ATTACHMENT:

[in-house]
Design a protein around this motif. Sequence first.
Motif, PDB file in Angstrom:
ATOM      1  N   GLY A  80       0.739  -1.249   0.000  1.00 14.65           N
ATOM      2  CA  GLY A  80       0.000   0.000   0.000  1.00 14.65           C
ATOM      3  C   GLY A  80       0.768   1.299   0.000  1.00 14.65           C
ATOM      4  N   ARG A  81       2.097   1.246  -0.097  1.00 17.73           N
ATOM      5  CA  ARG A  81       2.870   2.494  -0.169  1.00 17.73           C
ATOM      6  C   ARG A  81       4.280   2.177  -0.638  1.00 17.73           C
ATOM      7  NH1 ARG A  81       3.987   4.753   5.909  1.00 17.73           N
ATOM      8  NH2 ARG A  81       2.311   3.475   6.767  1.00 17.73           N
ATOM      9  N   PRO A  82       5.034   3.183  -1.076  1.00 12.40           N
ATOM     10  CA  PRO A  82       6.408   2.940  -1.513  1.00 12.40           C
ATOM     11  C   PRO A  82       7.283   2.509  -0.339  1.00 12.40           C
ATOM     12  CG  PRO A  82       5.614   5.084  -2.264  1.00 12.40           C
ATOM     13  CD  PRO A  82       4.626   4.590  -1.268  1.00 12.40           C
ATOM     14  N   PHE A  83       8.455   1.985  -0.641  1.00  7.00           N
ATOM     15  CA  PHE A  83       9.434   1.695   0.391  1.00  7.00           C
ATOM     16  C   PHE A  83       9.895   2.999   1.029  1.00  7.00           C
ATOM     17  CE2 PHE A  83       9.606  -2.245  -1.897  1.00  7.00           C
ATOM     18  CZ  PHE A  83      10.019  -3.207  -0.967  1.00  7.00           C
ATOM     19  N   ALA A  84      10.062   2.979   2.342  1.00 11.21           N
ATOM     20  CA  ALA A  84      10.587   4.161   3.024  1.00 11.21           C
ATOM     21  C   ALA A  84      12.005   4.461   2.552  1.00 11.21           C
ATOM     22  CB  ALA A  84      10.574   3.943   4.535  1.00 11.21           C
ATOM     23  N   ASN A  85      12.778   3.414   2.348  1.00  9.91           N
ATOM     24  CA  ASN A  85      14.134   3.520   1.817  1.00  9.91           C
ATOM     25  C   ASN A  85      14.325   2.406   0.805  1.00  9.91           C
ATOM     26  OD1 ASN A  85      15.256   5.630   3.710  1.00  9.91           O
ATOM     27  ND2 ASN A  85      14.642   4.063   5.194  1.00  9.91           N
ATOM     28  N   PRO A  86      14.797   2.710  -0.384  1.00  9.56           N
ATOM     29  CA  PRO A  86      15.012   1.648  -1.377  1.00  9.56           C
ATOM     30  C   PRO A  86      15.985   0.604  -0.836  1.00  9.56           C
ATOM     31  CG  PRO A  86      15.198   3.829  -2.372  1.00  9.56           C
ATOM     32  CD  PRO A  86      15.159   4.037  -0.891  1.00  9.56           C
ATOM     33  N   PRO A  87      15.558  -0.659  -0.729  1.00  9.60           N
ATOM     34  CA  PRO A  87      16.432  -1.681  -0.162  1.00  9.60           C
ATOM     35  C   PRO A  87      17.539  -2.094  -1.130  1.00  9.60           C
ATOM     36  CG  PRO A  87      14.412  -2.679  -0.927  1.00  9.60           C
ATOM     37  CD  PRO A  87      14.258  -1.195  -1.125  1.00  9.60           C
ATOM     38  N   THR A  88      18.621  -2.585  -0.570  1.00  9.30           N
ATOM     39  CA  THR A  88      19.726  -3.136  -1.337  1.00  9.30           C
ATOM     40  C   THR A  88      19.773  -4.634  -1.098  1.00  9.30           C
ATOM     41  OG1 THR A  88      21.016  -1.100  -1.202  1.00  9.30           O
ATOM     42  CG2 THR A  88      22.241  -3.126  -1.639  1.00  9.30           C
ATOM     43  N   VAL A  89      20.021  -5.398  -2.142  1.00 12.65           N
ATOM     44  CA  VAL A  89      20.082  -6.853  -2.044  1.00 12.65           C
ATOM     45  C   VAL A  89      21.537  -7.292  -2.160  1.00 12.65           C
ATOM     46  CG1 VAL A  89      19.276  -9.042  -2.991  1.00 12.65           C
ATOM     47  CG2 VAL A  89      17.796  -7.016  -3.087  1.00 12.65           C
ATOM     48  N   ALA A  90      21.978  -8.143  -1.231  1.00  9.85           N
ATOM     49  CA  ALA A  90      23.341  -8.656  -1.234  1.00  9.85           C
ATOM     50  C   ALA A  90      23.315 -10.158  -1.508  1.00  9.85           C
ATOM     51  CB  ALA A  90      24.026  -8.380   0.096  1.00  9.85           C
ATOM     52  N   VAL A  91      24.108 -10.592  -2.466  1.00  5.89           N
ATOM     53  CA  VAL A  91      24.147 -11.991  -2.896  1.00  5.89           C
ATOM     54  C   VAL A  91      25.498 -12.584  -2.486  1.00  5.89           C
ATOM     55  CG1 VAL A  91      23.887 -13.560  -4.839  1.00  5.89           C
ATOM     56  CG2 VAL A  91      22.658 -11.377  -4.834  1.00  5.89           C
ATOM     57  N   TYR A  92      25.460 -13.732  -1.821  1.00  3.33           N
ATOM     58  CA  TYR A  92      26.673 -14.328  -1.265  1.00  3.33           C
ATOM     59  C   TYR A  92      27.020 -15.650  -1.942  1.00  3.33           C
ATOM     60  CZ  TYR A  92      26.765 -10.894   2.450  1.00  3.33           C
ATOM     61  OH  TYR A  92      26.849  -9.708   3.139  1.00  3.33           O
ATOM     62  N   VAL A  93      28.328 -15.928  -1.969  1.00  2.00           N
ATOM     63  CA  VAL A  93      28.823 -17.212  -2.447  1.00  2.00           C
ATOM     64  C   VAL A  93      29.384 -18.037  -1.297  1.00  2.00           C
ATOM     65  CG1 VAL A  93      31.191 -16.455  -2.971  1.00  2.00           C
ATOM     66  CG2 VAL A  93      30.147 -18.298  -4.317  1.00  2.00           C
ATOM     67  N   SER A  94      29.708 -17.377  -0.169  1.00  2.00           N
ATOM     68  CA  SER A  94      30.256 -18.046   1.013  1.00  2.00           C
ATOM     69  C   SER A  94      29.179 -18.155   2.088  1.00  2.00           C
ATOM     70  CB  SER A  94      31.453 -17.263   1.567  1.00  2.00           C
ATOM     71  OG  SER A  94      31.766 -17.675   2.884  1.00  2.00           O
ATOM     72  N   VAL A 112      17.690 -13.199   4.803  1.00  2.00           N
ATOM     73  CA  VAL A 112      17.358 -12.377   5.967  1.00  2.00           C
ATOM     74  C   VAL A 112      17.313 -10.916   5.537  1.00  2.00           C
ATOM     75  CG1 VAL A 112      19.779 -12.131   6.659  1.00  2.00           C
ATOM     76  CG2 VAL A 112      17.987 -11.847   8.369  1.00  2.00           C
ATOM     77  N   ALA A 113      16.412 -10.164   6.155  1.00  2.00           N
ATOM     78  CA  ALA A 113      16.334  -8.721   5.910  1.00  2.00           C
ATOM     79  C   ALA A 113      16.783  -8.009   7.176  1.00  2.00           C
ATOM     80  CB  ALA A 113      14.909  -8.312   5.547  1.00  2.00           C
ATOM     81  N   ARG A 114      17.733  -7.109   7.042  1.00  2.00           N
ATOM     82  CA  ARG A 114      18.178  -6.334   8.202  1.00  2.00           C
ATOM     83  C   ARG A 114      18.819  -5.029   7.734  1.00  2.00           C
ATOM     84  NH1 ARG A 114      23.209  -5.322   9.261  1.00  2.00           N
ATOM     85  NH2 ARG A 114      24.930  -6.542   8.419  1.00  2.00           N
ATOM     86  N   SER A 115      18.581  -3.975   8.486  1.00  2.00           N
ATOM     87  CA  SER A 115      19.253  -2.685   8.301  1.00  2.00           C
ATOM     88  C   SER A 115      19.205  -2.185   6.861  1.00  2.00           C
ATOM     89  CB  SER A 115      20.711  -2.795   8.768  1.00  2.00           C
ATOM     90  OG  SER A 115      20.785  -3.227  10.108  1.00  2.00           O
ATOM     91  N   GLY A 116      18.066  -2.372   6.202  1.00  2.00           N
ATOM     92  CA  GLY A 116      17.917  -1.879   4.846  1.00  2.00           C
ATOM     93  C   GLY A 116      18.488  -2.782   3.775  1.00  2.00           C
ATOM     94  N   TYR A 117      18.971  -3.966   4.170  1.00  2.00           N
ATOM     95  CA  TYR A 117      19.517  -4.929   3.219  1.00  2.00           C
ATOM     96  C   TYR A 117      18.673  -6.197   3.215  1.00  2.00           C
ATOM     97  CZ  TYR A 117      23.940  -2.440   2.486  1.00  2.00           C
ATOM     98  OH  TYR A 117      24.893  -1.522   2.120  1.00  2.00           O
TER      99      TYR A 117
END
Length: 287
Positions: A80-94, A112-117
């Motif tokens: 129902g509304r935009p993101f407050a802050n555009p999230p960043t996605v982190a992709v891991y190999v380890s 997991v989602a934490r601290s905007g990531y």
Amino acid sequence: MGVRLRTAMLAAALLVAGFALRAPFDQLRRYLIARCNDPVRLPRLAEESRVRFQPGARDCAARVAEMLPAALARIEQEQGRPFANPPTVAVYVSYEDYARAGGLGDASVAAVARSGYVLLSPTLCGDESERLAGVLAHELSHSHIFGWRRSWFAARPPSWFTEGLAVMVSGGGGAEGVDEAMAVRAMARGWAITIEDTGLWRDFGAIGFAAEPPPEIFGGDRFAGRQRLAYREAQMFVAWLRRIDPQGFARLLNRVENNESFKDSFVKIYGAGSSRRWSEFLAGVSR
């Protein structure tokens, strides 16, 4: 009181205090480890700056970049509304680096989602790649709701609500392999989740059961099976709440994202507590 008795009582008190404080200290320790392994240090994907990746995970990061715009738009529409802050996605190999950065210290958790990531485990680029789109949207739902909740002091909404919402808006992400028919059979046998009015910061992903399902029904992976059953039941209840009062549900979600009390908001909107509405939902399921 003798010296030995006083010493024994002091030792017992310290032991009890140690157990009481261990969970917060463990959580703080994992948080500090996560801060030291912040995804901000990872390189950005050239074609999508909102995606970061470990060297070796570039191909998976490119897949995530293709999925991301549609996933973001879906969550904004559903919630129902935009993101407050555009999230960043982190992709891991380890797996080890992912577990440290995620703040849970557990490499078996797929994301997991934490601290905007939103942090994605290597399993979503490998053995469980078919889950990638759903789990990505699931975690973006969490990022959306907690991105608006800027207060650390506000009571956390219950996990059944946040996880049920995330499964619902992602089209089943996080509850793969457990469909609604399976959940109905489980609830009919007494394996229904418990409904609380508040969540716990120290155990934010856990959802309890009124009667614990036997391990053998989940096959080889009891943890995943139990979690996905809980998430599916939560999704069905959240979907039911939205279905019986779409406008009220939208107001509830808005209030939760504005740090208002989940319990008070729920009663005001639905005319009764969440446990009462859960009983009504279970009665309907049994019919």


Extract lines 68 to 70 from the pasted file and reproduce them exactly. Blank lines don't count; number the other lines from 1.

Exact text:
ATOM     65  CG1 VAL A  93      31.191 -16.455  -2.971  1.00  2.00           C
ATOM     66  CG2 VAL A  93      30.147 -18.298  -4.317  1.00  2.00           C
ATOM     67  N   SER A  94      29.708 -17.377  -0.169  1.00  2.00           N